Monday, October 13, 2008
Sea, sand and a cocktail of ideas
The Kovalam literary festival, the first of its kind in Kerala, has been well received. Authors, publishers and readers enjoy the close interaction with each other
By Shevlin Sebastian
"You didn't know that Jaishree Misra is the grand-daughter of the great Malayali writer, Thakazhi," says one visitor, with arched eyebrows, to his friend at the first Kovalam Literary Festival.
"You learn something new every day," says the friend. Yes, indeed, the Kovalam literary festival is a place where writers, readers and publishers get a chance to know each other better and learn something new.
"The crowd is a little sparse today." But even as she speaks several students of the Arya Central School stream in.
Outside, near the aquamarine swimming pool television journalist Sunil Sethi is hustling his crew to set up things for an interview with poet Gulzar, who looks resplendent in a starched white kurta-pyjama.
Earlier, Gulzar had told the audience about his excitement when former diplomat Shashi Tharoor, raised in Kolkata, had spoken a few words in Bengali to him. "Rabindranath Tagore is my guru," he says, by way of explanation.
The view is splendid: coconut trees and flowering plants all over. And in the distance there is the soothing sight of waves hitting the beach in a relentless flow.
"It's probably one of the most beautiful places to hold a festival," says Patrick French, the author of 'The World Is What It Is', the biography of Nobel laureate V.S. Naipaul, who has already attended 12 books festivals all over the world this year to promote the book.
Jaishree Misra, who had given a talk on her book, Rani (of Jhansi) spoke of her chance opportunity to travel with Malayalam writer, K. Satchidanandan in a cab.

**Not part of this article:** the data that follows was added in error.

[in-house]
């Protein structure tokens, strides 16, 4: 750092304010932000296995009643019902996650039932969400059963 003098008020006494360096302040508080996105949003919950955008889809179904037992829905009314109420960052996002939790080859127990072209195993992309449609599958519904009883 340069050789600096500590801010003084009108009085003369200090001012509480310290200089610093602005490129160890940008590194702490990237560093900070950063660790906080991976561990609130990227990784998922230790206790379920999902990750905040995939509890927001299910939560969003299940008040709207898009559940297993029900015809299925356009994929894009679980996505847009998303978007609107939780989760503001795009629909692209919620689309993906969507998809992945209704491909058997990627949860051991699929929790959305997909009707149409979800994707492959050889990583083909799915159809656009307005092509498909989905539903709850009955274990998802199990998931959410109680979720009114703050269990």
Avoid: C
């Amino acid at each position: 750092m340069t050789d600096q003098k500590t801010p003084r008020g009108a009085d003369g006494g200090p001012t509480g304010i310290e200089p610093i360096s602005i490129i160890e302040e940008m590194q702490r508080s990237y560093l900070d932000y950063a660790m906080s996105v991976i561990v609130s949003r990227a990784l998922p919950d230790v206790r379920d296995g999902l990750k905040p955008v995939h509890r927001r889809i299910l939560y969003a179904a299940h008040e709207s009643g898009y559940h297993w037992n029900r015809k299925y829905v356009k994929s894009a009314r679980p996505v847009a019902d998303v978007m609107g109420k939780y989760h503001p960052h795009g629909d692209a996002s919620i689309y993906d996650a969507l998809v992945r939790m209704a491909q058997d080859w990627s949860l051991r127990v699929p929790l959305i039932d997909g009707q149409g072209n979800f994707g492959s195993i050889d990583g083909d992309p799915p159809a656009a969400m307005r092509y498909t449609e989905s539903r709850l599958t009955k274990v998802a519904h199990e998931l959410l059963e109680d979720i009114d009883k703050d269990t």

"In 15 minutes I learnt more about translations by talking to Satchidanandan than in my entire life," she says.
There is an enthralling conversation between Patrick French and William Dalrymple about the pros and cons of writing a biography on an irascible subject as Naipaul. "But he never interfered with my work," says French. "For Naipaul the truth was paramount."
French gives some statistics behind the 500 plus page biography. "I must have read around 50,000 documents, more than 400 letters of correspondence and did hundreds of interviews across three countries," he says. The audience exhales a collective breath.
Jnanpith Award winner M.T. Vasudevan Nair spoke about the great impact of the poem, 'Ramanan', written by Changampuzha and how, as a child, he was deputed to race to the next village to obtain a copy.
On the sidelines, chick-lit author Meenakshi Reddy Mahadevan, of 'You are Here' fame tells a photographer, "Oh my God, I am not properly dressed for a photo shoot."
But he is a personable guy and is able to persuade Meenakshi that she looks just fine.
In the discussion of 'Writing in a globalised world', Satchidanandan speaks at length about the philosophical impact of the theme. When it is the turn of Mike Bryan, the CEO of Penguin Books, he says, "The only thing similar between me and Satchidanandan is that we are both wearing black shirts. Otherwise, our views differ. And I have a decidedly commercial attitude."
Karthika speaks about how frustrating it is that just a few writers, who have been published abroad, receive all the attention. "It is very sad," she says. She adds that in 11 years of visiting the Frankfurt Book Fair she has changed her attitude. "Now I don't give a damn about whether I can sell the rights of Indian authors abroad. The market in India is huge."
The Kovalam literary festival is a cosy affair and the atmosphere is informal. So, you have the pleasant sight of William Dalrymple and Tehelka editor Tarun Tejpal sitting on the steps and having a chat. "It's great that a festival like this is finally taking place in Kerala," says M.T. Vasudevan Nair.
(Copyright: The New Indian Express, Kochi)